Happy July, everyone. 162 days into the Trump Presidency and we're all still alive.
■ Proverbs 24:26 is a pretty simple simile:
26 An honest answer
is like a kiss on the lips.
Whoa! But, unless my memory is failing me, it's not exactly like a kiss on the lips.
■ I believe this headline from Michael Brendan Dougherty might be the best ever to appear at NRO: Trump Should Get Off His Phone and Start Lying to My Face.
Trump should get off his phone and start lying to my face. All our
faces. We, the American people, deserve it. I think.
Some eight years ago, when Democrats were trying to pass their major reform of the American health-care system, Barack Obama put down his golf clubs, got out there in front of me. There were “supercut” videos of the president repeating over and over again that those who liked their insurance could keep it. He got out there and said it to different audiences across the country and in national interviews. He lied like it was his job. In a way, it was. At least he did it.
Mr. Dougherty manages to be both funny and wise.
■ This is an NRO-heavy blog post. We also have @JonahNRO's weekly G-File, which also discusses Trump's woeful failings. He should walk away from Twitter, sure enough. But the tweets are "just a symptom" of the underlying issue:
The second thing is the more bitter pill. The president of the United States really just isn’t a very good person. There is no definition of good character that he can meet. You certainly can’t say he’s a man of good character when it comes to sexual behavior. His adulterous past is well-documented. You can’t say he models decency in the way he talks. He’s not honest (you can look it up). He brags about whining his way to winning. He boasts of double-crossing business partners. If you want to say he’s charitable, you should read up on how he used his “charities” as leverage or for publicity stunts. I think we can all agree he’s not humble or self-sacrificing. When asked what sacrifices he’s made, in the context of his spat with the Kahn family, he couldn’t name anything save for the fact that he worked very hard to get rich and that he employs people (presumably because it profits him to do so). I don’t know how anyone could absolve him of the charge of vanity or greed. He’s certainly not pious by any conventional definition.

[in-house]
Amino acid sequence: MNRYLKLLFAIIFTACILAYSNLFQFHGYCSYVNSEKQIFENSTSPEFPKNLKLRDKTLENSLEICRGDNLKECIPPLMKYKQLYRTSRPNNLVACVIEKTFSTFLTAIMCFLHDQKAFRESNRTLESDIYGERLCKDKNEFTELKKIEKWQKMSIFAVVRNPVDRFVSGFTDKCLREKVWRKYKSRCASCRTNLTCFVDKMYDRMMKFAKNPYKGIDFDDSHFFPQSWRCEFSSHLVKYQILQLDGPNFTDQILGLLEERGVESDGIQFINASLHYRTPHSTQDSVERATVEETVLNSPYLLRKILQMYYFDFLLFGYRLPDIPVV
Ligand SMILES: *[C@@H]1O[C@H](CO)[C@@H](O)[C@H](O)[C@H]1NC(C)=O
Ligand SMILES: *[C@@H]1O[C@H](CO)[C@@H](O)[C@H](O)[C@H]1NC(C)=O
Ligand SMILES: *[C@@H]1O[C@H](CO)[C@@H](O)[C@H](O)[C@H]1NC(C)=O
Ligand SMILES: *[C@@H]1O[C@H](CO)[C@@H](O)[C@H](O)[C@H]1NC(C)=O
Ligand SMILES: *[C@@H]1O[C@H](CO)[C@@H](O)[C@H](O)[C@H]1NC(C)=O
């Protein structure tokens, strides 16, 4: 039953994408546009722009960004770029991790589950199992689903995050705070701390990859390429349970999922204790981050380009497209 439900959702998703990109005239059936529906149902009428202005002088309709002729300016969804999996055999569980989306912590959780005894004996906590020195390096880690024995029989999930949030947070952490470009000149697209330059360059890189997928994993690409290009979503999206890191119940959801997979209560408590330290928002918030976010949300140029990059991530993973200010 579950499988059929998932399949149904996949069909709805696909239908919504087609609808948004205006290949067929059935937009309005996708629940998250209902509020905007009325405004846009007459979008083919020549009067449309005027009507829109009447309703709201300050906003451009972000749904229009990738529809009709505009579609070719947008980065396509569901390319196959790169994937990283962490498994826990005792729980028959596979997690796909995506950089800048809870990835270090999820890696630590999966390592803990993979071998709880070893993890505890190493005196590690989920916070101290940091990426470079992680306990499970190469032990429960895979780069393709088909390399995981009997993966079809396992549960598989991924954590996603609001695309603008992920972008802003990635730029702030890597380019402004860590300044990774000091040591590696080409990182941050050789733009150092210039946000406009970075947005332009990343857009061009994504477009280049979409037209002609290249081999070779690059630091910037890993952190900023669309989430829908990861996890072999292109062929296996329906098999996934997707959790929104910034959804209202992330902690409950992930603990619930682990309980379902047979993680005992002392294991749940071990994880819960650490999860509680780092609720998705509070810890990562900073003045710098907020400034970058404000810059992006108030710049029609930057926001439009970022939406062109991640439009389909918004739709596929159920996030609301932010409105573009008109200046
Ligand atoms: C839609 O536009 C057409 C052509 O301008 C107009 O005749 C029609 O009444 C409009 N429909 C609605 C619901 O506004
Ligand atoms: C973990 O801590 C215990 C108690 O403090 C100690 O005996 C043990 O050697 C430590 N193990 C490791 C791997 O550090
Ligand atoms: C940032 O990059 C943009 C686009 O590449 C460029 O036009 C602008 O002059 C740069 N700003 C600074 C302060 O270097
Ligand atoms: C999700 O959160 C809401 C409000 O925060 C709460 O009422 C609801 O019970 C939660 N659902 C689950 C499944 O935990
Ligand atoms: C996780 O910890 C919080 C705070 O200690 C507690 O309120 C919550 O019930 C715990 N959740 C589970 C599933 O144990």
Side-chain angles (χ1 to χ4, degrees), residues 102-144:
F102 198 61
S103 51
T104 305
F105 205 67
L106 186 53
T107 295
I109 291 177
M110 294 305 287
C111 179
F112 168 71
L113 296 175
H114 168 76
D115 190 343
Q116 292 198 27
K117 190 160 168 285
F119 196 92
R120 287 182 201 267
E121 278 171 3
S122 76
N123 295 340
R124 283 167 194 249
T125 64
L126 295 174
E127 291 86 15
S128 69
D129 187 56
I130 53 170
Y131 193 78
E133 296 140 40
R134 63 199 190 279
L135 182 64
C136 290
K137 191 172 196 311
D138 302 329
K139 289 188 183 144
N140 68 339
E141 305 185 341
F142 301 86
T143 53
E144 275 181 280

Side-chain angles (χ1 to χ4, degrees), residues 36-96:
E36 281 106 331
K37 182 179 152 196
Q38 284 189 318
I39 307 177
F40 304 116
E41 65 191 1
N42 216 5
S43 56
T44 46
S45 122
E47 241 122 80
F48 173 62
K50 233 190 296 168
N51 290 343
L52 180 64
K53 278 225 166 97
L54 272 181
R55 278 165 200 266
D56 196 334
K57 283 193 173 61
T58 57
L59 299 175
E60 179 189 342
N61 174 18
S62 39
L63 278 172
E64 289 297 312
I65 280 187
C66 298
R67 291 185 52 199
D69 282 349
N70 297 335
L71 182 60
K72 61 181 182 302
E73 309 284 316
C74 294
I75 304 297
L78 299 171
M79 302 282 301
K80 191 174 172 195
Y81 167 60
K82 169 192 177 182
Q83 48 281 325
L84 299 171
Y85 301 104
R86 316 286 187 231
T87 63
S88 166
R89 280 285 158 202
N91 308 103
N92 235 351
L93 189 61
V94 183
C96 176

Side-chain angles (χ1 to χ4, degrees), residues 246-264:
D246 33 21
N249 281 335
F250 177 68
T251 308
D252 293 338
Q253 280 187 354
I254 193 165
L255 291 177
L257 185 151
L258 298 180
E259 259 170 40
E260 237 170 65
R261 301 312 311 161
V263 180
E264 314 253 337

I believe Jonah is irrefutable on this score.
Some people simply cannot handle the fact that Donald Trump was
One of those people is Donald Trump.
Trump has shown himself intellectually and emotionally incapable of making the transition from minor entertainment figure to major political figure. He is in the strange position of being a B-list celebrity who is also the most famous man in the world. His recent Twitter attack on Mika Brzezinski of MSNBC’s Morning Joe exemplifies that as much as it does the president’s other by-now-familiar pathologies, notably his strange psychological need to verbally abuse women in physical terms.
Also on-target. Apologies to any Trump fans, but the simple fact is that we have a president who is not acting close to presidential, and doesn't show any signs that he wants to.
■ Yet another Nancy MacLean link, this one from one of her Duke colleagues, Poli Sci Prof Michael C. Munger, who happens to be also a past president of the Public Choice Society. Public choice, of course, is one of the pivotal topics of MacLean's taxpayer-funded research into James M. Buchanan. It's long and detailed, but Munger leaves little doubt about devastating-with-praise bottom line: On the Origins and Goals of Public Choice
As I hope has been clear, as a book Democracy in Chains is well-written, and the research it contains is both interesting and in many cases illuminating. But as an actual history, as a reliable account of the centrality of the work of James Buchanan in a gigantic conspiracy designed to end democracy in America, it turns far away from its mark. It is the story of an alternative past that never actually happened.
I would like to be a fly on the wall at the next Duke faculty soirée.
■ At Reason, Matt Welch has perhaps the days least shocking headline: Libertarians Still Arguing About Gary Johnson’s 2016 Campaign. Don't libertarians (especially those in the Libertarian Party) argue about everything all the time? But anyway, Jack Hunter is quoted:
Johnson had his chance, the biggest chance the Libertarian Party
will likely ever have in our lifetimes, and his campaign did more to
diminish liberty than promote it. Johnson’s simple 2016 task was
two-fold: First, present libertarianism coherently, and hopefully,
attractively. Second, don’t
look like an idiot.
He failed on both.
Yes, the media was out to get him. The thing is: he should have known that, and prepared adequately.
And yes, I still voted for him. And would again.